CAMEo is an interdisciplinary research institute that focuses on the dynamic relations between culture, media and economy. We study how these relations are played out in the contexts of the cultural and creative industries, media and the arts. We use the term ‘cultural and media economies’ inclusively, to capture the whole range of productive dynamics that characterise these various industries and activities.
We understand ‘culture’ in a broad sense, encompassing the arts and established media, such as film, television and music, but also emerging cultural spaces like social media and computer gaming. Our interests also include what some would consider peripheral cultural industries, such as fashion, food and drink: industries that depend on, and reproduce both economic and cultural relations, material commodities and signification.
We understand ‘economy’ in a similarly broad sense. ‘Economy’ draws attention to the material, political, financial and regulatory contexts and outcomes of cultural production but also to the hierarchical processes of valuation and ordering that take place within cultural policy, production and consumption: processes that value some forms of culture as intrinsic goods, as ‘high’ or ‘low’, or mark out social classes through their cultural knowledge and practice.
Our third concern is with ‘media’: the materials and processes of mediation, from the screens that mediate forms of everyday communication and cultural consumption, to the processes through which cultural capital can mediate careers. Here we are particularly interested in the ways that the economics of specific media influence the cultural content of their outputs.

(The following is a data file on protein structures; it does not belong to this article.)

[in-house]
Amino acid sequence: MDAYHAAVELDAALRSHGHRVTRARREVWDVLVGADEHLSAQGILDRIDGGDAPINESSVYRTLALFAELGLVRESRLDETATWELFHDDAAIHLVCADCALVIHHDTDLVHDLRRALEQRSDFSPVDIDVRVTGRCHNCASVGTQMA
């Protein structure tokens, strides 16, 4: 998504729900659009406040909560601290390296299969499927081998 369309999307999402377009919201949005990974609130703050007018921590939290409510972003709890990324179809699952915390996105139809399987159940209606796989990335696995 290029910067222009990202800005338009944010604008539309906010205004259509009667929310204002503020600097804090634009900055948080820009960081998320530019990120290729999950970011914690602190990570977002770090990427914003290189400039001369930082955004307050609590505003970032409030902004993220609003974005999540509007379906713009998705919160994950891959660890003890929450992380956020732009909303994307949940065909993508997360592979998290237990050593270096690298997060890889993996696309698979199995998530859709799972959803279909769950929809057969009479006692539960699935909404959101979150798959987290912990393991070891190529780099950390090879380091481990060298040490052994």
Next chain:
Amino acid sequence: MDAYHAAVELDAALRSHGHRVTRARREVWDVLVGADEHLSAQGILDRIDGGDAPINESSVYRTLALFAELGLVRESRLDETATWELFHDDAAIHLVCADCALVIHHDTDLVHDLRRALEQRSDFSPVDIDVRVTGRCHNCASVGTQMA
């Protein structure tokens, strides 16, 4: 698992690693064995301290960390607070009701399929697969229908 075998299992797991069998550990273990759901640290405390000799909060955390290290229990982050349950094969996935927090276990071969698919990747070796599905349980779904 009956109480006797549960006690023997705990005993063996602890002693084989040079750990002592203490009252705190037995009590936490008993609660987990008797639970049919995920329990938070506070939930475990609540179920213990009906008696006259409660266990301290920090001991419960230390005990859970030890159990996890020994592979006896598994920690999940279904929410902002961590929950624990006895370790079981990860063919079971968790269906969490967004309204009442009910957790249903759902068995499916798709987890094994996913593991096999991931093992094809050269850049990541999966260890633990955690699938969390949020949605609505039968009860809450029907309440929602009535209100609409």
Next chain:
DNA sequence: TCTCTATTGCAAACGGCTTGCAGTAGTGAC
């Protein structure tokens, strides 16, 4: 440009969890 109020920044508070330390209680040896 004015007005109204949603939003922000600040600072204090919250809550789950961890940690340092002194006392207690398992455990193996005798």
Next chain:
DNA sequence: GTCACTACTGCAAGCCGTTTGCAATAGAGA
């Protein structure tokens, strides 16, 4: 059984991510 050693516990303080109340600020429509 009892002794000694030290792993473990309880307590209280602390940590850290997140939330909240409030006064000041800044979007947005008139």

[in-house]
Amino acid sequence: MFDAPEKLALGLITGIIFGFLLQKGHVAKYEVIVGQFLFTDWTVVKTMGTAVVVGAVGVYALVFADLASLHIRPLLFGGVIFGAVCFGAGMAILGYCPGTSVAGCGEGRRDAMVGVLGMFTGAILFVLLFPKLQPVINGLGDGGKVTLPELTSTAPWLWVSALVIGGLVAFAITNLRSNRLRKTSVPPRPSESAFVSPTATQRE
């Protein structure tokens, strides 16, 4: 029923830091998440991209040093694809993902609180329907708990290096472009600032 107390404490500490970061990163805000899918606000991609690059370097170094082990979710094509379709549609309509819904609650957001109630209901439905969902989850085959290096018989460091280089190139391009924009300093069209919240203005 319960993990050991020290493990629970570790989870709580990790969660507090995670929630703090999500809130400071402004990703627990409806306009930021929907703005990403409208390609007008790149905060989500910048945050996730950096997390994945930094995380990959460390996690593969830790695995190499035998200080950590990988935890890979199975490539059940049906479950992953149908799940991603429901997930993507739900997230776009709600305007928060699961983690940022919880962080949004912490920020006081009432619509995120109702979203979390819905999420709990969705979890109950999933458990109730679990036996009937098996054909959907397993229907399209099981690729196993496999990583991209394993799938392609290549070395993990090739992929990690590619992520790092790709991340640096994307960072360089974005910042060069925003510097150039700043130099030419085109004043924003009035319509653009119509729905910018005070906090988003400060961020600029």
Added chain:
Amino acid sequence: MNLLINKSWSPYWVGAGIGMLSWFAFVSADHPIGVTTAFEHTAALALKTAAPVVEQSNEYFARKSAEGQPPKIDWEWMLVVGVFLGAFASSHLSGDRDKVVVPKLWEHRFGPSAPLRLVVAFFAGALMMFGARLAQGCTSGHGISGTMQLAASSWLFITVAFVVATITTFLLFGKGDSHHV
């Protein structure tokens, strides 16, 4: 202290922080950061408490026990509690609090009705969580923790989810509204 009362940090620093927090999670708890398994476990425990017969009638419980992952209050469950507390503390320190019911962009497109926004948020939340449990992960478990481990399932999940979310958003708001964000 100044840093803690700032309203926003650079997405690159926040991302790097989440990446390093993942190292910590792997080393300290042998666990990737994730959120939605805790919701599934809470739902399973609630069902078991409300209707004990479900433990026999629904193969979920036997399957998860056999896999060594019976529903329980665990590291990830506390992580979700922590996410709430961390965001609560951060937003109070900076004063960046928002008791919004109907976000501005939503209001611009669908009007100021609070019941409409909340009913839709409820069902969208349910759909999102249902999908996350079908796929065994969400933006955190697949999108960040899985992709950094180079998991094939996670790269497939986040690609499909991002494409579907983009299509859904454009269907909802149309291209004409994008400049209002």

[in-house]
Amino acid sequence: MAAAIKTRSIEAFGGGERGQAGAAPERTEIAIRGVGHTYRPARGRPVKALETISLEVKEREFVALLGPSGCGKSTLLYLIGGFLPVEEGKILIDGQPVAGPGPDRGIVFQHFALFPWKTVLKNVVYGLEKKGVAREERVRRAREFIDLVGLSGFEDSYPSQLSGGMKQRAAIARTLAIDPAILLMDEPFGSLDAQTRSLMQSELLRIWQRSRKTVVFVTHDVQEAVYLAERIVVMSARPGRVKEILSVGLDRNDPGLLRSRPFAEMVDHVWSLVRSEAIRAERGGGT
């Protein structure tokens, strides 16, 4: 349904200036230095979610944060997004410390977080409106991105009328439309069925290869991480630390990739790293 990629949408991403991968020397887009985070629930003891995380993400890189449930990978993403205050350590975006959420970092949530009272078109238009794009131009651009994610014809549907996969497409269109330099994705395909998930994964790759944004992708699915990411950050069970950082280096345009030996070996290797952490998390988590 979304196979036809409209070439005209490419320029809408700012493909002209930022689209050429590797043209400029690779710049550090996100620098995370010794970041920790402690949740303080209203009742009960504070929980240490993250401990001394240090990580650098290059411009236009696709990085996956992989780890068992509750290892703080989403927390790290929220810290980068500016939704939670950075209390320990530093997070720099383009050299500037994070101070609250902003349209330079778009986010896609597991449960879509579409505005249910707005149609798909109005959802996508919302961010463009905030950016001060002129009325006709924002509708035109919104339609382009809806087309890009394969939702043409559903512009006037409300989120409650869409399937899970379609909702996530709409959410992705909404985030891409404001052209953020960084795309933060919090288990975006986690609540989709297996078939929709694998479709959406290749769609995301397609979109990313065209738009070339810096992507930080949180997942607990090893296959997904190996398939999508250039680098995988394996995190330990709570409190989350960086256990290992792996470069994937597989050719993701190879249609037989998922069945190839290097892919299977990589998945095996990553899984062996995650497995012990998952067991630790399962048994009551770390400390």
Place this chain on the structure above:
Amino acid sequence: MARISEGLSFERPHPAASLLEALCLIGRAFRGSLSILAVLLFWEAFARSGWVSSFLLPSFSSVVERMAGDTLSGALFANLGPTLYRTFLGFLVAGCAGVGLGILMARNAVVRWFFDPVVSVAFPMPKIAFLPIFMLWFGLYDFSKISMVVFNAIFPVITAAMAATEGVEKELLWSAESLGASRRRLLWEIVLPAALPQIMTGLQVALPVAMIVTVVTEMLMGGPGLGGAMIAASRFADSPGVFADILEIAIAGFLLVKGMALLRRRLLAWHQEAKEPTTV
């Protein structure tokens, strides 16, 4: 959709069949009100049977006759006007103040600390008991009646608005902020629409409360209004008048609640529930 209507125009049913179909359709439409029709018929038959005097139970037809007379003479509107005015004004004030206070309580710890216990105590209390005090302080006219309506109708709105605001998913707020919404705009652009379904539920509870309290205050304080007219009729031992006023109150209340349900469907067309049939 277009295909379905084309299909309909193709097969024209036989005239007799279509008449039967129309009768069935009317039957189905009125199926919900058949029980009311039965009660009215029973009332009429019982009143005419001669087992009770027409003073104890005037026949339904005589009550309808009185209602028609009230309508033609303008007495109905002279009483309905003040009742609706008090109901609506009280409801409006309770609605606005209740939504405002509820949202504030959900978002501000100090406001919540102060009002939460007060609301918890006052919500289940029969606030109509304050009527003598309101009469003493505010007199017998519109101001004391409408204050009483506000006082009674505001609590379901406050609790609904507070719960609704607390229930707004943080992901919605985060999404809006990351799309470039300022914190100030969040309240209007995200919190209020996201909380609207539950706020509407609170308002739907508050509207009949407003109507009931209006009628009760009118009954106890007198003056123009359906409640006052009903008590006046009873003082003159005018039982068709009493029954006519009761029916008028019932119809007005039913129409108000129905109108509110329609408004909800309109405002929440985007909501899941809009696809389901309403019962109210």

These understandings combine into the following assumptions about cultural and media economies:
- Cultural and media economies involve both provisioning and meaning; they generate, distribute and accumulate different kinds of goods, incomes, and resources, as well as provide contexts for human identity, difference, community and division.
- There are tensions between the ‘economic’ values of instrumentality, measure and calculation and the ‘cultural’ values of aesthetics, ethics and politics. These tensions might appear hostile or antagonistic but can also be enabling and productive.
- Cultural and media economies are sites of contestation and competition for wealth, power, prestige and opportunity. While this competition can aid social mobility, it can also reinforce established social divisions and even generate new inequalities.
- Cultural and media economies exhibit distinctive materialities and textures; they create and circulate objects that help mediate new social relations of cultural production and consumption.
- While cultural and media economies are material, they are also mediated, represented and imaginatively-made; rendering them both objective and subjectively-constructed through discourse, ideology and fantasy.
- Cultural and media economies are affective and emotional as much as they are rationally conceived and consciously planned. Their effects are embodied and felt as well as calculated and abstracted into signs and symbols.
We invite anyone interested in the cultural and media economies to join the conversation about these assumptions and to discuss, challenge and develop our understanding of these vital parts of our societies.